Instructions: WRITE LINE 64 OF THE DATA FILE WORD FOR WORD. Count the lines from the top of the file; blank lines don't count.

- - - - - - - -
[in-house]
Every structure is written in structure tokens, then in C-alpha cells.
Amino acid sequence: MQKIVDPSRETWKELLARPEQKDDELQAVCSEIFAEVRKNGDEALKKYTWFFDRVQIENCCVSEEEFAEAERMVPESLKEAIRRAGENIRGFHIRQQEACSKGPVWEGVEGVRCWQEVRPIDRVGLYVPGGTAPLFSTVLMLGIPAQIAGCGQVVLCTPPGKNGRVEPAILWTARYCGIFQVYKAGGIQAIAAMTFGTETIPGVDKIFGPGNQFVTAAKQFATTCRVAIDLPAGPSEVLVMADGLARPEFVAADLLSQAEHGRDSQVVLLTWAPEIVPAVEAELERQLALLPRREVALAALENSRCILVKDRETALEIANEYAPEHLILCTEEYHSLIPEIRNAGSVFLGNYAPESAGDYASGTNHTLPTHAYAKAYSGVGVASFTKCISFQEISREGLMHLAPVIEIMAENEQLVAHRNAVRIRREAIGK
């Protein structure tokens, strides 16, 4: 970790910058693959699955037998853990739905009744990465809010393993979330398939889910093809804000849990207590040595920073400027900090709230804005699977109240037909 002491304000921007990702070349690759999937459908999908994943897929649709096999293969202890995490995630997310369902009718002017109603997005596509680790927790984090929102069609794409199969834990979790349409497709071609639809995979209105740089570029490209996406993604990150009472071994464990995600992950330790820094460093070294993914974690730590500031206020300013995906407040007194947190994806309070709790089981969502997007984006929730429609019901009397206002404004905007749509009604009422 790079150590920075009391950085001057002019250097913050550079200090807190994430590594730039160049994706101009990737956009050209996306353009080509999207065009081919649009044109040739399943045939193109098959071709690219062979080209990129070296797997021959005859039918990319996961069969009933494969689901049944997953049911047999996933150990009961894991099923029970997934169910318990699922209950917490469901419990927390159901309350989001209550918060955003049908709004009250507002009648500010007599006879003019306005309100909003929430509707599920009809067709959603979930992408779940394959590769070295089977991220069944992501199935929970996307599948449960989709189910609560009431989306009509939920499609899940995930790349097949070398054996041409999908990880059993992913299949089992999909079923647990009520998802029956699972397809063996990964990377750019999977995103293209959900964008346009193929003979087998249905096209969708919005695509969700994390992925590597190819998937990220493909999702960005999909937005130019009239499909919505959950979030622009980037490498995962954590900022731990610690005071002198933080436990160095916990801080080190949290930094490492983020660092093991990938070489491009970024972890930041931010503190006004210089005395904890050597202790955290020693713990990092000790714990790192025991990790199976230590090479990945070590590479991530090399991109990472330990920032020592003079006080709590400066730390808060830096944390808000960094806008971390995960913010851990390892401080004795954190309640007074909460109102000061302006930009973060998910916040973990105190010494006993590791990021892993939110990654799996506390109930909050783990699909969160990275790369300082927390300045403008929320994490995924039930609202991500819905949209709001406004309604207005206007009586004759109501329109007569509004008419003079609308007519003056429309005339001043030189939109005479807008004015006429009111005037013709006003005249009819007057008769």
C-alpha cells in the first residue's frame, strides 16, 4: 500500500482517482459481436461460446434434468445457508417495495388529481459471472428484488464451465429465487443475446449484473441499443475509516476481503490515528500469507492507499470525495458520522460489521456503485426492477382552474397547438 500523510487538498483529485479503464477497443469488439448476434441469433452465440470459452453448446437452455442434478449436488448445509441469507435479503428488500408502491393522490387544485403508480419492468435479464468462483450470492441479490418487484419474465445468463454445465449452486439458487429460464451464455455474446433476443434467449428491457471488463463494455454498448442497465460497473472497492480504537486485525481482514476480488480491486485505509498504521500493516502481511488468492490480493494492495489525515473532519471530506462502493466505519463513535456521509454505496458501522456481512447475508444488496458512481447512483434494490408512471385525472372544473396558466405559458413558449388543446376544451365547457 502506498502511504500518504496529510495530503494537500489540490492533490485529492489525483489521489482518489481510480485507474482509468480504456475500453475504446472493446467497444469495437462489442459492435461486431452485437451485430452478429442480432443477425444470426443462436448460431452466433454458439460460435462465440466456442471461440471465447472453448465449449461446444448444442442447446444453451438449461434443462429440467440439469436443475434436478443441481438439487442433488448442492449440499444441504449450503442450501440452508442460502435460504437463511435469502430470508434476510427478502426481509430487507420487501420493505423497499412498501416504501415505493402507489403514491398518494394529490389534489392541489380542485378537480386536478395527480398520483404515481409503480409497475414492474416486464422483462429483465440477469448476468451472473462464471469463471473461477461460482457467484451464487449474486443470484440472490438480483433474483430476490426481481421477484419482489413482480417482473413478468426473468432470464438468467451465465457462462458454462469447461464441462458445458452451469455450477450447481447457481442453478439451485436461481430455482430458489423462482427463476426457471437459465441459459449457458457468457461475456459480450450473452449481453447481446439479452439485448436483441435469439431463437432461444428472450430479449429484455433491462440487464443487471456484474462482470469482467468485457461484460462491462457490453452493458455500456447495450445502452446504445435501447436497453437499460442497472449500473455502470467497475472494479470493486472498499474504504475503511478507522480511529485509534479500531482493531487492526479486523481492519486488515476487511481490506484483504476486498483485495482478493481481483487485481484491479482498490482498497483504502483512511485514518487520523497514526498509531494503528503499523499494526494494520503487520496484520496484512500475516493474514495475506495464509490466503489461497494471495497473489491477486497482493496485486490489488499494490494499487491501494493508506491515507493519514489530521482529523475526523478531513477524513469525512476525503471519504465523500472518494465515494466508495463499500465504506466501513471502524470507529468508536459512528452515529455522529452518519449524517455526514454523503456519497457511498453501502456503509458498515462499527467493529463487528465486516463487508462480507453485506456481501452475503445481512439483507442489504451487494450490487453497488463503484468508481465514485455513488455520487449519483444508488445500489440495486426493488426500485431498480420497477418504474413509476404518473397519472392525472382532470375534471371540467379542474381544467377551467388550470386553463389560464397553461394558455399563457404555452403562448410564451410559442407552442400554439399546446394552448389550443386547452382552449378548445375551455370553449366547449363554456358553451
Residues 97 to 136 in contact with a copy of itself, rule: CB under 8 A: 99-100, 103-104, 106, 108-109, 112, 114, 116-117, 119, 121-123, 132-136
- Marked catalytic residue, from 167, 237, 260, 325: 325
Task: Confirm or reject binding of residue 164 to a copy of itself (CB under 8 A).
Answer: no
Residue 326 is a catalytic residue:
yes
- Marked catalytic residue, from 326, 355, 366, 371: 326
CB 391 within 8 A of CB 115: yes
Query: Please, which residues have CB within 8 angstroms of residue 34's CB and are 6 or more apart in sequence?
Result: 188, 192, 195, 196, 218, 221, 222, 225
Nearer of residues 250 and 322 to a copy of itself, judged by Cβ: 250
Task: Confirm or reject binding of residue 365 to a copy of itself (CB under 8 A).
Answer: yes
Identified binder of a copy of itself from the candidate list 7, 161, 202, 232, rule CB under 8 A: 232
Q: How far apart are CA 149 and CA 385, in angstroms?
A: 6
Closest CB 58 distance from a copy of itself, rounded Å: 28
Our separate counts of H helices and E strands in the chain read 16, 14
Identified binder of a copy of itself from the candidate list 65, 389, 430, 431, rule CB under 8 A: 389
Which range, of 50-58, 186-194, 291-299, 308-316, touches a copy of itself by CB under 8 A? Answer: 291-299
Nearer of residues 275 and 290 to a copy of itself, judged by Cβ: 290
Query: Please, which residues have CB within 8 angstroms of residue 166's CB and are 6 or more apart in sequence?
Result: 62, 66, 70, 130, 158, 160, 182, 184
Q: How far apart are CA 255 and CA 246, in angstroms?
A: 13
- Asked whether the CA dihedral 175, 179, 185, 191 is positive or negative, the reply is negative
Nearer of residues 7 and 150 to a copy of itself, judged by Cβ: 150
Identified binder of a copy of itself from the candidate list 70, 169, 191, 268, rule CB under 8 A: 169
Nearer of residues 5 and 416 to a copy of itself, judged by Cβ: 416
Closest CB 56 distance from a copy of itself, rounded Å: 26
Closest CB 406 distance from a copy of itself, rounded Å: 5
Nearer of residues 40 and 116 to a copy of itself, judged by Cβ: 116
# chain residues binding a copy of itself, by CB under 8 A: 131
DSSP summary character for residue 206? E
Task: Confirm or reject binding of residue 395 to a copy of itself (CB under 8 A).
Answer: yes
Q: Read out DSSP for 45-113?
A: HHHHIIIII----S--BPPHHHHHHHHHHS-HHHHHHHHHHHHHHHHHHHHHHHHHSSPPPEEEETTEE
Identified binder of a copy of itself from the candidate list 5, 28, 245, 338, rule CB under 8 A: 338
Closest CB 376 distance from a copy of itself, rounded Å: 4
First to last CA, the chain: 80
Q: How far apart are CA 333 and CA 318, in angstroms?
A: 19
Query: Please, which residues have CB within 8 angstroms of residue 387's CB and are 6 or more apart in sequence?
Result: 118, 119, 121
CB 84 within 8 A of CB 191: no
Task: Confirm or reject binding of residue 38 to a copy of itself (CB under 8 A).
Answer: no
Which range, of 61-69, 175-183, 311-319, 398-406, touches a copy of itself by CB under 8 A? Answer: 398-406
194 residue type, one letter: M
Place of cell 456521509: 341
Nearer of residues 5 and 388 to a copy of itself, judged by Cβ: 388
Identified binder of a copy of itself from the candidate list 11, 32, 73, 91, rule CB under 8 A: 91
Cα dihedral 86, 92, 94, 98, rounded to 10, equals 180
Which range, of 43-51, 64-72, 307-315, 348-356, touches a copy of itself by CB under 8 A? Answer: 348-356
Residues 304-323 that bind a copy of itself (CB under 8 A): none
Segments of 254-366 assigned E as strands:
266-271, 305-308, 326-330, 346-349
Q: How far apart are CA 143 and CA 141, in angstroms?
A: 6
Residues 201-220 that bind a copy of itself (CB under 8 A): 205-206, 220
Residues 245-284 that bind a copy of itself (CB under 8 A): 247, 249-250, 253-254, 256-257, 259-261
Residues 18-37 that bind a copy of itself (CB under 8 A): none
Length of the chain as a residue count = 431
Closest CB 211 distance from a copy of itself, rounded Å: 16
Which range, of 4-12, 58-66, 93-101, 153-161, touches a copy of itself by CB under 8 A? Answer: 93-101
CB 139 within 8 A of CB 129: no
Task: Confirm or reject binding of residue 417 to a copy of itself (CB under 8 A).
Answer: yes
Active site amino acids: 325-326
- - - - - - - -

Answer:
Q: How far apart are CA 143 and CA 141, in angstroms?